In her follow-up to “Salvage the Bones,” Ward returns to the fictional town of Bois Sauvage, Miss., and the stories of ordinary people who would be easy to classify dismissively into categories like “rural poor,” “drug-dependent,” “products of the criminal justice system.” Instead Ward gives us Jojo, a 13-year-old, and a road trip that he and his little sister take with his drug-addicted black mother to pick up their white father from prison. And there is nothing small about their existences. Their story feels mythic, both encompassing the ghosts of the past and touching on all the racial and social dynamics of the South as they course through this one fractured family. Ward’s greatest feat here is achieving a level of empathy that is all too often impossible to muster in real life, but that is genuine and inevitable in the hands of a writer of such lyric imagination. (x)
— From NY Times - The 10 Best Books of 2017
September 2017 Indie Next List
“Sing, Unburied, Sing is a dark and gorgeous song of love and heartbreak, haunting and tragic and disorienting in its timelessness. The Deepwater Horizon oil spill anchors Ward's tale to Mississippi today, which is almost indistinguishable from its notorious yesterday, a present and past (ironically) made more alive in the novel by ghosts and where everyone suffers from the cancers of buried sins. On Jojo's 13th birthday, while Mam is dying and Pop struggles to keep everyone safe, Leonie plans a road trip to the prison to pick up Michael, Jojo and baby Kayla's father. It's The Odyssey meets the Delta blues meets William Faulkner and Toni Morrison and some ineffable something that is Jesmyn Ward's own magic.”
— Sara Hinckley (E), Hudson Booksellers, Marietta, GA
*WINNER of the NATIONAL BOOK AWARD for FICTION *A TIME MAGAZINE BEST NOVEL OF THE YEAR and A NEW YORK TIMES TOP 10 OF 2017*Finalist for the Kirkus Prize
*Finalist for the Andrew Carnegie Medal
*Publishers Weekly Top 10 of 2017
"The heart of Jesmyn Ward's Sing, Unburied, Sing
is story--the yearning for a narrative to help us understand ourselves, the pain of the gaps we'll never fill, the truths that are failed by words and must be translated through ritual and song...Ward's writing throbs with life, grief, and love, and this book is the kind that makes you ache to return to it." --Buzzfeed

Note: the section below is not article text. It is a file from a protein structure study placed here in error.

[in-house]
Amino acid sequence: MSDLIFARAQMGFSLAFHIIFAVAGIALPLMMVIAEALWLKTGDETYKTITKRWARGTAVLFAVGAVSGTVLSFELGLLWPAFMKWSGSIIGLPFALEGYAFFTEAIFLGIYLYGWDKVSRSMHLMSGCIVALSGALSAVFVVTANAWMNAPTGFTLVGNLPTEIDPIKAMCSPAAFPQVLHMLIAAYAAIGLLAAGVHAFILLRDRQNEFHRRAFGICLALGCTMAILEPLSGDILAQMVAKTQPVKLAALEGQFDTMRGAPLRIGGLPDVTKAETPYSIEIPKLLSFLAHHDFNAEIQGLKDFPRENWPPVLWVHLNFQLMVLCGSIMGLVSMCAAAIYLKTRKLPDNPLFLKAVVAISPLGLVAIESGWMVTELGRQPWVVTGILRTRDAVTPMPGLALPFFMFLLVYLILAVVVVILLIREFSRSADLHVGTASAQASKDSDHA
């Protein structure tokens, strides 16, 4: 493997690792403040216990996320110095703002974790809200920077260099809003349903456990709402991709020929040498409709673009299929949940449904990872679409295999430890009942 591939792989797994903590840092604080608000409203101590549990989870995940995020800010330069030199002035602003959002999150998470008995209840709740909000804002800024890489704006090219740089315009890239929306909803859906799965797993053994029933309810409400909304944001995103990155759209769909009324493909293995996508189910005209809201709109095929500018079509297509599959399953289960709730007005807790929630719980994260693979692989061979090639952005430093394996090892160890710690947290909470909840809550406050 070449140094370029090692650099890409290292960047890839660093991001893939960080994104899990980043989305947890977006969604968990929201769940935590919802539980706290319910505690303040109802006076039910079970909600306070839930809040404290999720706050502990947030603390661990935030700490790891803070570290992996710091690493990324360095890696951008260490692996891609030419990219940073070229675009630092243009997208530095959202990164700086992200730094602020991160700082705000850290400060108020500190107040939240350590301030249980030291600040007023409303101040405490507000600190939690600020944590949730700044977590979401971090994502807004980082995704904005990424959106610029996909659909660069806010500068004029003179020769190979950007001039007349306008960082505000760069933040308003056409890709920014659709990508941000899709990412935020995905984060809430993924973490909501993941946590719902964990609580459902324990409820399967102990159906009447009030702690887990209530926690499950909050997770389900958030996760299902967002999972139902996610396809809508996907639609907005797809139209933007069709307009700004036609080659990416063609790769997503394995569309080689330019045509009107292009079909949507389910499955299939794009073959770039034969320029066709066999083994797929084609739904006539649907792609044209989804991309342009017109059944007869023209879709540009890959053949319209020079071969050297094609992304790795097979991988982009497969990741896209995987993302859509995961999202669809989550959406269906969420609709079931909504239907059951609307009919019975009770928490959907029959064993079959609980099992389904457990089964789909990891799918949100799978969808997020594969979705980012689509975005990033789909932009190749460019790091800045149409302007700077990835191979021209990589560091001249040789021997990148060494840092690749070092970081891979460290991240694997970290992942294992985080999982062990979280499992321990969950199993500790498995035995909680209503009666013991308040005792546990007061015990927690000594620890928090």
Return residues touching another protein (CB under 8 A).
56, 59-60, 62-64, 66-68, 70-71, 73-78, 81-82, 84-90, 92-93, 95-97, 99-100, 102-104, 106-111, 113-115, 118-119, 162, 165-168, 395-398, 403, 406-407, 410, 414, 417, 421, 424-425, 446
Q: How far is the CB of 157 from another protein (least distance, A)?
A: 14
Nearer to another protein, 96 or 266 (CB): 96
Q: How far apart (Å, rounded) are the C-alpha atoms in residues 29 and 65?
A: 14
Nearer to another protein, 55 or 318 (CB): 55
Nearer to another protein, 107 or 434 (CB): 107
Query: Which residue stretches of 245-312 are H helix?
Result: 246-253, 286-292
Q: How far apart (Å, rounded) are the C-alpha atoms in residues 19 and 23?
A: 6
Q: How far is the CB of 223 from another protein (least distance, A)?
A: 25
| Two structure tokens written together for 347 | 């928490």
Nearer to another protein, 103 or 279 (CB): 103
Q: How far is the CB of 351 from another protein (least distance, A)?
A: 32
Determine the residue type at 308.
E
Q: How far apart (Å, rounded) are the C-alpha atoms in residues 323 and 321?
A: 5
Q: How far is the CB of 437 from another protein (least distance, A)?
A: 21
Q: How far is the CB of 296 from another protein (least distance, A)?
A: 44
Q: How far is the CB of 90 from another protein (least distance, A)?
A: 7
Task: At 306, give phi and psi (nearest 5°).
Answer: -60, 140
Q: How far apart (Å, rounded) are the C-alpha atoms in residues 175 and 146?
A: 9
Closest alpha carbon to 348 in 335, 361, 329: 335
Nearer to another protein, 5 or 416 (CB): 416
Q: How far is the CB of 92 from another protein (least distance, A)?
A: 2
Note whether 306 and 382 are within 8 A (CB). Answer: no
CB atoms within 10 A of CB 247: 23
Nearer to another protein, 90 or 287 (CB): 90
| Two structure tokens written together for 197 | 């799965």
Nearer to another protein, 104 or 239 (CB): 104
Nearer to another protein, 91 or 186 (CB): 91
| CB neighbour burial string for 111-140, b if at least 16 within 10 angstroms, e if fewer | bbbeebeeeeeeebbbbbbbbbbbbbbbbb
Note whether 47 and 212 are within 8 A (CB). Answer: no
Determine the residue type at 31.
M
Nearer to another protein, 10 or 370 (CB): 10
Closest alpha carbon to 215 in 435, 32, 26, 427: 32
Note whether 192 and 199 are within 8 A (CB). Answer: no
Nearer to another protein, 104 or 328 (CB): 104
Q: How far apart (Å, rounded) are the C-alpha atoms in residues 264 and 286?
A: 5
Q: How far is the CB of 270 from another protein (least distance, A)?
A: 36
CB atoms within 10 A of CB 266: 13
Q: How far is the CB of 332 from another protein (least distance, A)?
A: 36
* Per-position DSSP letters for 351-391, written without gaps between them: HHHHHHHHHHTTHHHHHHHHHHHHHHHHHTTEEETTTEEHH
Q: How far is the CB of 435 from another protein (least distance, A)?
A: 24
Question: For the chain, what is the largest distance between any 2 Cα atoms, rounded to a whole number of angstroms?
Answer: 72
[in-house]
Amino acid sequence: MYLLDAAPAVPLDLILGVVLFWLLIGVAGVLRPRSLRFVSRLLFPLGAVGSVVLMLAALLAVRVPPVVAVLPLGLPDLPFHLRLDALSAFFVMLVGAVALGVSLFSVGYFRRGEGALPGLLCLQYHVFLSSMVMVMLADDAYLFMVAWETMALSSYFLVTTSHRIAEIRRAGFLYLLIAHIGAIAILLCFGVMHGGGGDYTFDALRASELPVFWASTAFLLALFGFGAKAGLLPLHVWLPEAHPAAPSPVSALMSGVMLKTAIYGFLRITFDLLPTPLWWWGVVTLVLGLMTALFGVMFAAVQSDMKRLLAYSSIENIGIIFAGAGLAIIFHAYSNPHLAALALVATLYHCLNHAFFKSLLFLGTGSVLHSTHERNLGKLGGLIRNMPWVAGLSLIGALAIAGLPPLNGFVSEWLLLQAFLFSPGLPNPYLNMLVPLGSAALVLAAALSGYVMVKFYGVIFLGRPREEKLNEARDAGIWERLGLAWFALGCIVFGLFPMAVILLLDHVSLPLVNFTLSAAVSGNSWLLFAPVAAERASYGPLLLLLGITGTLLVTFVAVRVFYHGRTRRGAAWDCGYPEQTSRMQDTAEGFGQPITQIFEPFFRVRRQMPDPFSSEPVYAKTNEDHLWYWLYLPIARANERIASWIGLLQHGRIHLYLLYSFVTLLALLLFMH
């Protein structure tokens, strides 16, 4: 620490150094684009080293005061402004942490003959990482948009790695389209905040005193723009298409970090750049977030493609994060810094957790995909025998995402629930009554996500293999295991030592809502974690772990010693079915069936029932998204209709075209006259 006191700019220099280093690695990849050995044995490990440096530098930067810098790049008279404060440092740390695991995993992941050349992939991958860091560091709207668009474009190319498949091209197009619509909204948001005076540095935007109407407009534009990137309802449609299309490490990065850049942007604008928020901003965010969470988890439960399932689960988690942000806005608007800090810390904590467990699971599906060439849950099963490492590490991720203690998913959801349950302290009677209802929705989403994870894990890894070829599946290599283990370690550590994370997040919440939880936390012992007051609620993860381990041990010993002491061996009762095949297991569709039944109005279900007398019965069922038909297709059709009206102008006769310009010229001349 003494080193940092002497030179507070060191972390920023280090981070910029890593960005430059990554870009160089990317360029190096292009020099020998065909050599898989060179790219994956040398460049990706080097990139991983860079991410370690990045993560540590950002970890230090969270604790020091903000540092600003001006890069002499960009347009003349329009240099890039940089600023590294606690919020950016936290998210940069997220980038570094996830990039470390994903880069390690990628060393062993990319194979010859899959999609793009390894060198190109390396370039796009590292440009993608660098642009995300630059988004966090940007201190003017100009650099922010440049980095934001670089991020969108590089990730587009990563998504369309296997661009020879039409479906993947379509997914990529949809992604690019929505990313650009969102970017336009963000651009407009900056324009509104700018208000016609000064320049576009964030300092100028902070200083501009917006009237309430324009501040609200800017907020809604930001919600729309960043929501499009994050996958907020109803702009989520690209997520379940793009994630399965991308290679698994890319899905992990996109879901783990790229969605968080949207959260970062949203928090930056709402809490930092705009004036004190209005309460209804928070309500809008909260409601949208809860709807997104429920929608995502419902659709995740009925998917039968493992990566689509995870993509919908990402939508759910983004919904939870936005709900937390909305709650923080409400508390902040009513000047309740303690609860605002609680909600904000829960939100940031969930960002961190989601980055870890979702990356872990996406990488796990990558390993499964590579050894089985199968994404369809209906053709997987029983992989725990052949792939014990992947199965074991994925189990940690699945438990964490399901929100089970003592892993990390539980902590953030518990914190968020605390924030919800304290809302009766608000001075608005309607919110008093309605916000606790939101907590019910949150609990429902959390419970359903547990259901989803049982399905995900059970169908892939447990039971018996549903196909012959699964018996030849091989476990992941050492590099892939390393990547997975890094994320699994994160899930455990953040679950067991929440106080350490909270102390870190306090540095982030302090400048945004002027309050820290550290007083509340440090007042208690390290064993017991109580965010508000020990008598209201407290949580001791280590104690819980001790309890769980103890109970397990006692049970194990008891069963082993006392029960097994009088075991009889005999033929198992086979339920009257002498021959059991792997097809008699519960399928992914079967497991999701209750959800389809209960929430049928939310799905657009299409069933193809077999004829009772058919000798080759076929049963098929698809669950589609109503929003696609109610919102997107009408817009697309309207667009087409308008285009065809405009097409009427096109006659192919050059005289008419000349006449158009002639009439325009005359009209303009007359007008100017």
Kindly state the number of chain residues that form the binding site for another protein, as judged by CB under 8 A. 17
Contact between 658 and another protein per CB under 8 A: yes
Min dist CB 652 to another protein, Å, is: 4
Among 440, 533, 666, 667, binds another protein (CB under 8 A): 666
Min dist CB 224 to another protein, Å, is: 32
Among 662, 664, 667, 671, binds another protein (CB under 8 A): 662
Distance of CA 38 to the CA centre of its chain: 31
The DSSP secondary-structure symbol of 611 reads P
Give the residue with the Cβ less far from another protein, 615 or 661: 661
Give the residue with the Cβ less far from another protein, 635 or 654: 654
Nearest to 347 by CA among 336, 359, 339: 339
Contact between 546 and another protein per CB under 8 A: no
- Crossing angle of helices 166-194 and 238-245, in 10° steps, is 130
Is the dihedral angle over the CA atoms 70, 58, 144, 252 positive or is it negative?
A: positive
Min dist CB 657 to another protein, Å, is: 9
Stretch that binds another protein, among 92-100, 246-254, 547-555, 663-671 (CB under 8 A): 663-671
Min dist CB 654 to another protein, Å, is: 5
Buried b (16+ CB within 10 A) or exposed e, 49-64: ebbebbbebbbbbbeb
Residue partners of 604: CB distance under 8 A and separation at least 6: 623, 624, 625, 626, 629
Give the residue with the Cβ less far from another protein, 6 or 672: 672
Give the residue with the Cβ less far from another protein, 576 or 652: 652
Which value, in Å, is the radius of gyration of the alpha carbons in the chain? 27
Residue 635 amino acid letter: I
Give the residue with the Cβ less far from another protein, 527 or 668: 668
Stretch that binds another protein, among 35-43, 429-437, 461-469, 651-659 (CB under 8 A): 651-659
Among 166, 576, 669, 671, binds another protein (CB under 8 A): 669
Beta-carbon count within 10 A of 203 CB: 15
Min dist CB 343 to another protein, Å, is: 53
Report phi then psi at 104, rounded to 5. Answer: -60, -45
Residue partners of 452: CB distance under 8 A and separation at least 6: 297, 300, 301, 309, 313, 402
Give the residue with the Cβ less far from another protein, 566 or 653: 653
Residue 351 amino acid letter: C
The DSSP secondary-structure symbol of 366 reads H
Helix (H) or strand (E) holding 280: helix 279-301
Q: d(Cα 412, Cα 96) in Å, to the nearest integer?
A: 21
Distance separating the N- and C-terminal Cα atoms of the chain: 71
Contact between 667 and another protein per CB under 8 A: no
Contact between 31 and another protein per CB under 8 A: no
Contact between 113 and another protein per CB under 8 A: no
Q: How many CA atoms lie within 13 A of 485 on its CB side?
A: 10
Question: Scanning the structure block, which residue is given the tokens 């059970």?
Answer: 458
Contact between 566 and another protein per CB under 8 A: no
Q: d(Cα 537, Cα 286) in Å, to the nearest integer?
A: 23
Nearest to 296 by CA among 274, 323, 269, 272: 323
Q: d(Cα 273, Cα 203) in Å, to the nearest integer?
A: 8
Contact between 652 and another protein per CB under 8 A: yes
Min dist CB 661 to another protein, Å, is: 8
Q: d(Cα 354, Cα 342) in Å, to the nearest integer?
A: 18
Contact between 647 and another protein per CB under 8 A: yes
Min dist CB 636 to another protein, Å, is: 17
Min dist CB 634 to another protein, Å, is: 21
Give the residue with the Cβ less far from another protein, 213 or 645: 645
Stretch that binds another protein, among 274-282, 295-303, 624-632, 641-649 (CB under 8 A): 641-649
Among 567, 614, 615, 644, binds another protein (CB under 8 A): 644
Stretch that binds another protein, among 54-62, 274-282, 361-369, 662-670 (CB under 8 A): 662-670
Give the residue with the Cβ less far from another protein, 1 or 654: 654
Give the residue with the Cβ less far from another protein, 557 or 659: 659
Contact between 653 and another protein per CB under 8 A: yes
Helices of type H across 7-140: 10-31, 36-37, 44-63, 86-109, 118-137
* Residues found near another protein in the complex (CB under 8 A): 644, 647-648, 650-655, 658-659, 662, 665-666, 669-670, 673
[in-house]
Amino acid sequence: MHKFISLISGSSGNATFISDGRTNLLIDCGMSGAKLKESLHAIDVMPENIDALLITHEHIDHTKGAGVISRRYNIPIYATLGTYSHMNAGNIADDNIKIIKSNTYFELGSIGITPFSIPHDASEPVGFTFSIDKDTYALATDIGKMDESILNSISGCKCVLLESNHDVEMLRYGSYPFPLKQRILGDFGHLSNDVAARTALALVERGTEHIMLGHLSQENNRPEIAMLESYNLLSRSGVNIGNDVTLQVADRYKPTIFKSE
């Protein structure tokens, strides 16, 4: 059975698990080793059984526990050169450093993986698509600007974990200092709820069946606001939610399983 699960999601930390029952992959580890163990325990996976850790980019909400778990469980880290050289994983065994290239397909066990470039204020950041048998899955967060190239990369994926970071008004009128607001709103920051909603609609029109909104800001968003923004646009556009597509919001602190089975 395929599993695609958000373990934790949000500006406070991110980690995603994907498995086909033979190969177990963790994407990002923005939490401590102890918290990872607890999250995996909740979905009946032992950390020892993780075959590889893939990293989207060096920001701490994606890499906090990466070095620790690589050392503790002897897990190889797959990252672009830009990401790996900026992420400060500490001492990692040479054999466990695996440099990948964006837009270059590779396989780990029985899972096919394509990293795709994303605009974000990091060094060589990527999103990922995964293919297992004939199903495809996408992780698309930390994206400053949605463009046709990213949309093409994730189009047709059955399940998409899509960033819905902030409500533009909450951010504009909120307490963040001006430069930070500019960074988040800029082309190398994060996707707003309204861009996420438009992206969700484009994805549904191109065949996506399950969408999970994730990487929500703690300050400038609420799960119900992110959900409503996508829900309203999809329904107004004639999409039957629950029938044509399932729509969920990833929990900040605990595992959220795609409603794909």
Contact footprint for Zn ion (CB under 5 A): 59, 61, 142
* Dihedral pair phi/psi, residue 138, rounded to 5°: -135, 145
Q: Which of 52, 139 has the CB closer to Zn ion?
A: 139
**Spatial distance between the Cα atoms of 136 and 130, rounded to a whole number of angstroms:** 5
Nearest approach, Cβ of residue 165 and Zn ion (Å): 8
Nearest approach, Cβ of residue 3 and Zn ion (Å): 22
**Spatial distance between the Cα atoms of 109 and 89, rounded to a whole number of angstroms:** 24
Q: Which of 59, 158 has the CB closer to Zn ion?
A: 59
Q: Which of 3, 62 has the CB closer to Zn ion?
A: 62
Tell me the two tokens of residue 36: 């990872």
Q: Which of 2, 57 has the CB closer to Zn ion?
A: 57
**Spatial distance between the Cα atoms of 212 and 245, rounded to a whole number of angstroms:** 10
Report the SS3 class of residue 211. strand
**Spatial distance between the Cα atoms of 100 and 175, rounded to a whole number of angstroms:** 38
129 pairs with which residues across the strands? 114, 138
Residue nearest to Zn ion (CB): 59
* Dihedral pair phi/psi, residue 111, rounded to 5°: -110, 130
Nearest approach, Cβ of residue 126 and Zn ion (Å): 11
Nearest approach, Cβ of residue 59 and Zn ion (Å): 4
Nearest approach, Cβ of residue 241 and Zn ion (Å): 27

In Jesmyn Ward's first novel since her National Book Award-winning Salvage the Bones
, this singular American writer brings the archetypal road novel into rural twenty-first-century America. An intimate portrait of a family and an epic tale of hope and struggle, Sing, Unburied, Sing
journeys through Mississippi's past and present, examining the ugly truths at the heart of the American story and the power--and limitations--of family bonds.
Jojo is thirteen years old and trying to understand what it means to be a man. He doesn't lack in fathers to study, chief among them his Black grandfather, Pop. But there are other men who complicate his understanding: his absent White father, Michael, who is being released from prison; his absent White grandfather, Big Joseph, who won't acknowledge his existence; and the memories of his dead uncle, Given, who died as a teenager.
His mother, Leonie, is an inconsistent presence in his and his toddler sister's lives. She is an imperfect mother in constant conflict with herself and those around her. She is Black and her children's father is White. She wants to be a better mother but can't put her children above her own needs, especially her drug use. Simultaneously tormented and comforted by visions of her dead brother, which only come to her when she's high, Leonie is embattled in ways that reflect the brutal reality of her circumstances.
When the children's father is released from prison, Leonie packs her kids and a friend into her car and drives north to the heart of Mississippi and Parchman Farm, the State Penitentiary. At Parchman, there is another thirteen-year-old boy, the ghost of a dead inmate who carries all of the ugly history of the South with him in his wandering. He too has something to teach Jojo about fathers and sons, about legacies, about violence, about love.
Rich with Ward's distinctive, lyrical language, Sing, Unburied, Sing
is a majestic new work and an unforgettable family story.